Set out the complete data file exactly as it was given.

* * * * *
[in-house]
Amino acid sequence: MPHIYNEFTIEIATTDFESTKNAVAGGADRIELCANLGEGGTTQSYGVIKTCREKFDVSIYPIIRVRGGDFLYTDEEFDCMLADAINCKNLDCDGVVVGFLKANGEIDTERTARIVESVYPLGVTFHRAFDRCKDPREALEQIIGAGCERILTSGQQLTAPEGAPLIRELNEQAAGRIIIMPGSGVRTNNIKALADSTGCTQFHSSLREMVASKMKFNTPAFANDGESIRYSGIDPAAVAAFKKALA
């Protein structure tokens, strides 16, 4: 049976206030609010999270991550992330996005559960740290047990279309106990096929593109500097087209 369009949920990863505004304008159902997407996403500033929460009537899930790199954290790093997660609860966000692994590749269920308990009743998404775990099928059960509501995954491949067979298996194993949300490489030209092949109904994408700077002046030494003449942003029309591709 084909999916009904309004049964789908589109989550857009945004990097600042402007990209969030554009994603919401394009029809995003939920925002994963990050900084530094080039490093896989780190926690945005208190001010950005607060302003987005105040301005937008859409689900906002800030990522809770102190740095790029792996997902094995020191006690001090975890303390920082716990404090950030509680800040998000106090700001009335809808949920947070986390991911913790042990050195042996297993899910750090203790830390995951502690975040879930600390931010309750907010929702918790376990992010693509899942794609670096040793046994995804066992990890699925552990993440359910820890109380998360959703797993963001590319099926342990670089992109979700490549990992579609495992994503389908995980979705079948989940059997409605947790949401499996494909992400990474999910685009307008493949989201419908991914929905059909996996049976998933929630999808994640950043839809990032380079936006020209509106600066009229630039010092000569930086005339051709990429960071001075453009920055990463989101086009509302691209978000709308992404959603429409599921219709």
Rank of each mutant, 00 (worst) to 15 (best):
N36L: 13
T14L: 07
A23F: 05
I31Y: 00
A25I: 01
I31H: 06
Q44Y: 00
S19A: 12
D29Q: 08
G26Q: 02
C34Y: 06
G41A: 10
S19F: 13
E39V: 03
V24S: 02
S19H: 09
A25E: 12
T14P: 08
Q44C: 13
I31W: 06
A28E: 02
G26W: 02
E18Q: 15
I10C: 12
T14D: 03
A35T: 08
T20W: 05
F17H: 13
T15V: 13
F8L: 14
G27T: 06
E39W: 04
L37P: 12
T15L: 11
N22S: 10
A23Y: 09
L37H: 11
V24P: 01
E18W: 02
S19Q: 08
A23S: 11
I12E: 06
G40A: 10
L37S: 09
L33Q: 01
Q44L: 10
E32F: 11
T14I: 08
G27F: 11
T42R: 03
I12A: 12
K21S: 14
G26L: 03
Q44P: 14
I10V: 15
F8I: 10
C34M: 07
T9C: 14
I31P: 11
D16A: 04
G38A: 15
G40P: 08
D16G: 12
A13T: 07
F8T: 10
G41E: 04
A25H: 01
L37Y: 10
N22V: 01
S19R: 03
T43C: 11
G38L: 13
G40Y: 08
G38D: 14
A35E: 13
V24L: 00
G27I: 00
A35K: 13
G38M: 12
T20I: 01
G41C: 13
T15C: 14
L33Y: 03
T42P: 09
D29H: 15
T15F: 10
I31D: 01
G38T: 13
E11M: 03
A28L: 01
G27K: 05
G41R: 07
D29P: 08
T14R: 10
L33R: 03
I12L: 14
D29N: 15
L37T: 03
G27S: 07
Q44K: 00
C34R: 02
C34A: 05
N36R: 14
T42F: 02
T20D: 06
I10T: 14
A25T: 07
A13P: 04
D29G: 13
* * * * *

[in-house]
Amino acid sequence: MPHIYNEFTIEIATTDFESTKNAVAGGADRIELCANLGEGGTTQSYGVIKTCREKFDVSIYPIIRVRGGDFLYTDEEFDCMLADAINCKNLDCDGVVVGFLKANGEIDTERTARIVESVYPLGVTFHRAFDRCKDPREALEQIIGAGCERILTSGQQLTAPEGAPLIRELNEQAAGRIIIMPGSGVRTNNIKALADSTGCTQFHSSLREMVASKMKFNTPAFANDGESIRYSGIDPAAVAAFKKALA
């Protein structure tokens, strides 16, 4: 049976206030609010999270991550992330996005559960740290047990279309106990096929593109500097087209 369009949920990863505004304008159902997407996403500033929460009537899930790199954290790093997660609860966000692994590749269920308990009743998404775990099928059960509501995954491949067979298996194993949300490489030209092949109904994408700077002046030494003449942003029309591709 084909999916009904309004049964789908589109989550857009945004990097600042402007990209969030554009994603919401394009029809995003939920925002994963990050900084530094080039490093896989780190926690945005208190001010950005607060302003987005105040301005937008859409689900906002800030990522809770102190740095790029792996997902094995020191006690001090975890303390920082716990404090950030509680800040998000106090700001009335809808949920947070986390991911913790042990050195042996297993899910750090203790830390995951502690975040879930600390931010309750907010929702918790376990992010693509899942794609670096040793046994995804066992990890699925552990993440359910820890109380998360959703797993963001590319099926342990670089992109979700490549990992579609495992994503389908995980979705079948989940059997409605947790949401499996494909992400990474999910685009307008493949989201419908991914929905059909996996049976998933929630999808994640950043839809990032380079936006020209509106600066009229630039010092000569930086005339051709990429960071001075453009920055990463989101086009509302691209978000709308992404959603429409599921219709």
Rank of each mutant, 00 (worst) to 15 (best):
N36L: 13
T14L: 07
A23F: 05
I31Y: 00
A25I: 01
I31H: 06
Q44Y: 00
S19A: 12
D29Q: 08
G26Q: 02
C34Y: 06
G41A: 10
S19F: 13
E39V: 03
V24S: 02
S19H: 09
A25E: 12
T14P: 08
Q44C: 13
I31W: 06
A28E: 02
G26W: 02
E18Q: 15
I10C: 12
T14D: 03
A35T: 08
T20W: 05
F17H: 13
T15V: 13
F8L: 14
G27T: 06
E39W: 04
L37P: 12
T15L: 11
N22S: 10
A23Y: 09
L37H: 11
V24P: 01
E18W: 02
S19Q: 08
A23S: 11
I12E: 06
G40A: 10
L37S: 09
L33Q: 01
Q44L: 10
E32F: 11
T14I: 08
G27F: 11
T42R: 03
I12A: 12
K21S: 14
G26L: 03
Q44P: 14
I10V: 15
F8I: 10
C34M: 07
T9C: 14
I31P: 11
D16A: 04
G38A: 15
G40P: 08
D16G: 12
A13T: 07
F8T: 10
G41E: 04
A25H: 01
L37Y: 10
N22V: 01
S19R: 03
T43C: 11
G38L: 13
G40Y: 08
G38D: 14
A35E: 13
V24L: 00
G27I: 00
A35K: 13
G38M: 12
T20I: 01
G41C: 13
T15C: 14
L33Y: 03
T42P: 09
D29H: 15
T15F: 10
I31D: 01
G38T: 13
E11M: 03
A28L: 01
G27K: 05
G41R: 07
D29P: 08
T14R: 10
L33R: 03
I12L: 14
D29N: 15
L37T: 03
G27S: 07
Q44K: 00
C34R: 02
C34A: 05
N36R: 14
T42F: 02
T20D: 06
I10T: 14
A25T: 07
A13P: 04
D29G: 13